But I can take care of that, and I’m starting to see how – yes, it’s going to be a lot of work, but I think it’ll be worth it. It’s time to make a revision plan.

It’s been a while, but it is good to be back.

Just Read It

(Read it read it read it read it)

I have, after like 6 months, finally read past the halfway point with Tallulah. In fact I’m almost three quarters of the way through.

It’s so bad.

There’s this mentality of scarcity that I am used to having when thinking of storytelling, and particularly revision. I tend to think of cutting things out, tearing down all the writing that I’ve spent so long constructing only to build another different structure in the exact same place, losing whatever magic might have been in the original creation for the sake of “clarity” or “focus”. I know that stories are good when they only include what matters. But if they only include what matters, then they’re just utilitarian, by-the-numbers, bare-bones skeletons, not fully-realised stories.

That’s what I think, anyway. And I do mean that’s what I think; it’s not what I believe. I believe that the word “only” is what’s tripping me up here. If, instead, I was used to thinking that stories are good when everything that happens in them matters, it’s not about scarcity anymore. It’s about substance. It’s about how much of what happens in the story matters, rather than about how little needs to actually be there for the story to work. Which I think is a more useful way to think of things.

However, it’s also hard to think of it that way when my reading experience so far is very much defined by how little of what happens actually feels like it matters, and how much of it is utter filler garbage. There is so much pointless interpersonal drama that doesn’t really serve any purpose except to make it take longer to finish reading the fucking book; there is so much stuff that seems like it should matter to the plot, but is then either resolved too quickly or not at all, resulting in a feeling that the story doesn’t know what it is or wants to be. Sections of older and newer writing are spliced together without any regard for continuity between revisions, making the already clunky and distracted storytelling feel even more pointless. And yet somehow, for all of that sharp, jagged, traumatising contrast, it’s all just so … indistinct. Everything blurs together, because while so much of it stands out from everything else for all the wrong reasons, so little of it actually matters. It’s full of sound and fury, signifying nothing.

I am not happy with what I’ve written.

I guess this is what note-taking is for, eh?

Yeah, my plan to not make notes worked to get me started, and I do find that it’s easy for it to become a distraction from reading the manuscript itself – but at the same time, I need those notes, because there is no way I’m going to be able to remember this fucking thing when I’m finished with it. I mean I wrote this, and I’m having a hard time remembering it, immediately after reading it. I need to take notes of key plot points – or events that should be key plot points – so that I have something to build a second revision out of. I can’t rely on my memory for this one, because the way this manuscript reads seems scientifically optimised to disrupt the human memory process.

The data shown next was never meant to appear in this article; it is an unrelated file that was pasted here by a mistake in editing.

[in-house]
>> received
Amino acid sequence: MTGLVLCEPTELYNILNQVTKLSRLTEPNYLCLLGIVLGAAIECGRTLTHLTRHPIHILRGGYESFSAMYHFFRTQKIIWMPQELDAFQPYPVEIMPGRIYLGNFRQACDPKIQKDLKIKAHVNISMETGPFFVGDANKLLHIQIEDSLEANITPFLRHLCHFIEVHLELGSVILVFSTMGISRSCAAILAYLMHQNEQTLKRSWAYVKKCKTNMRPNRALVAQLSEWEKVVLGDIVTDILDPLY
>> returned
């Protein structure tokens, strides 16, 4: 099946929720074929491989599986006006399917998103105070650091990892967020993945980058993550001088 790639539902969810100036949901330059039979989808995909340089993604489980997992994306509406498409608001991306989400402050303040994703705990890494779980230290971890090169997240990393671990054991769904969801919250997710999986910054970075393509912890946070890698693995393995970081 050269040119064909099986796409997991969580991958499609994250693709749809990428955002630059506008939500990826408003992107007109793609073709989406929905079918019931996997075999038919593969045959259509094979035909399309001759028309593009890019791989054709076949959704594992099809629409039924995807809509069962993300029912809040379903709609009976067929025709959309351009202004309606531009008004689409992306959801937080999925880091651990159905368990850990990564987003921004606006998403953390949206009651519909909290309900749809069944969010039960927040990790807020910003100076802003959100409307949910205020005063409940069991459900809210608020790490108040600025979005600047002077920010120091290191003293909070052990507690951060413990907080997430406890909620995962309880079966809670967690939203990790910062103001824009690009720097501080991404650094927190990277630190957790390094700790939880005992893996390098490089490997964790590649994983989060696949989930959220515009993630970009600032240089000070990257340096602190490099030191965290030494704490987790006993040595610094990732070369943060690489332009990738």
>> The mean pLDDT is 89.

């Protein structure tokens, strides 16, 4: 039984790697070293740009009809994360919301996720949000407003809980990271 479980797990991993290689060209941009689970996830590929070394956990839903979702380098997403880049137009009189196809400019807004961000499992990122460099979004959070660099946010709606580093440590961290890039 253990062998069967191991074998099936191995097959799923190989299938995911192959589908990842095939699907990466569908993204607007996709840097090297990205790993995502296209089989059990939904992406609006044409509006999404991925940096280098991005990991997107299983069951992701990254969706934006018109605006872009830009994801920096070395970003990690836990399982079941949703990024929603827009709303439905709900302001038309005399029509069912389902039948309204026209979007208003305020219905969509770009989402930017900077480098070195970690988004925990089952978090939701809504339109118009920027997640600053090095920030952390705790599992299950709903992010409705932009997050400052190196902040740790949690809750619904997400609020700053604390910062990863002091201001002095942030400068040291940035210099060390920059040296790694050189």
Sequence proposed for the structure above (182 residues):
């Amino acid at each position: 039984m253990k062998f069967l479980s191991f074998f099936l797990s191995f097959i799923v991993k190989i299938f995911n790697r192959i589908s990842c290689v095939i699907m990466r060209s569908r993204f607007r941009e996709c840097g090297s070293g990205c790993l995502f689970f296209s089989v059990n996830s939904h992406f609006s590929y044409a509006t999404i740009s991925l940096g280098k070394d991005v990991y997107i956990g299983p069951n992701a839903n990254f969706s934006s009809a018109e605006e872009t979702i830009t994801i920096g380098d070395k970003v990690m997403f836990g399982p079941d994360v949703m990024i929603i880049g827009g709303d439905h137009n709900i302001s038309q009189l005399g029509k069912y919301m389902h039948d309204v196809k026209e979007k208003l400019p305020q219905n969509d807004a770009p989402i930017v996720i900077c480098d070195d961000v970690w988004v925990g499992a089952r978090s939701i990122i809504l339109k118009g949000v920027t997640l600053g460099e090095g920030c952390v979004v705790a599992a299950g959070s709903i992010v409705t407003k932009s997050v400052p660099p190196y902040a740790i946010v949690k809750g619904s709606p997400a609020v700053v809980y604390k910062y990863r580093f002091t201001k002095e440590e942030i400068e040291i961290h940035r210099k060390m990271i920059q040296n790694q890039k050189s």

This is worse than my shitty YA werewolf novel. Which is awful, but not in terms of structure; it makes sense, even if what makes sense is repugnant. I wish I could say that Tallulah at least has better content, even if it’s not put together very well, but the thing is that with storytelling, in any media form, presentation and content are the same goddamn thing. This is obvious for me with Tallulah in its current state, because it’s presented so poorly that what it’s “about” is very difficult to identify or recognise. Which is because what is presented to you in a story, regardless of what the plot may ostensibly be, is what the story is about. If your plot is about two attractive young people getting to know each other in Vienna on a time-crunch, but what you present your audience with is nothing but descriptions of Viennese architecture, then your story is about Viennese architecture. If your plot is about a badass vampire slayer trying to solve a murder mystery, but what you present your audience with is a woman caught in a toxic power struggle between two domineering alpha males fighting over breeding privileges and the mystery gets solved off-page, then your story is about an abusive “love”-triangle. If your plot is about traumatised teenage soldiers who pilot giant robots to fight against an evil galactic empire, but what you present your audience with is endless scenes of uninteresting supporting characters bickering about space politics while drinking tea, then fuck you Gundam Wing I thought you were going to be cool when I was 16 and you betrayed me.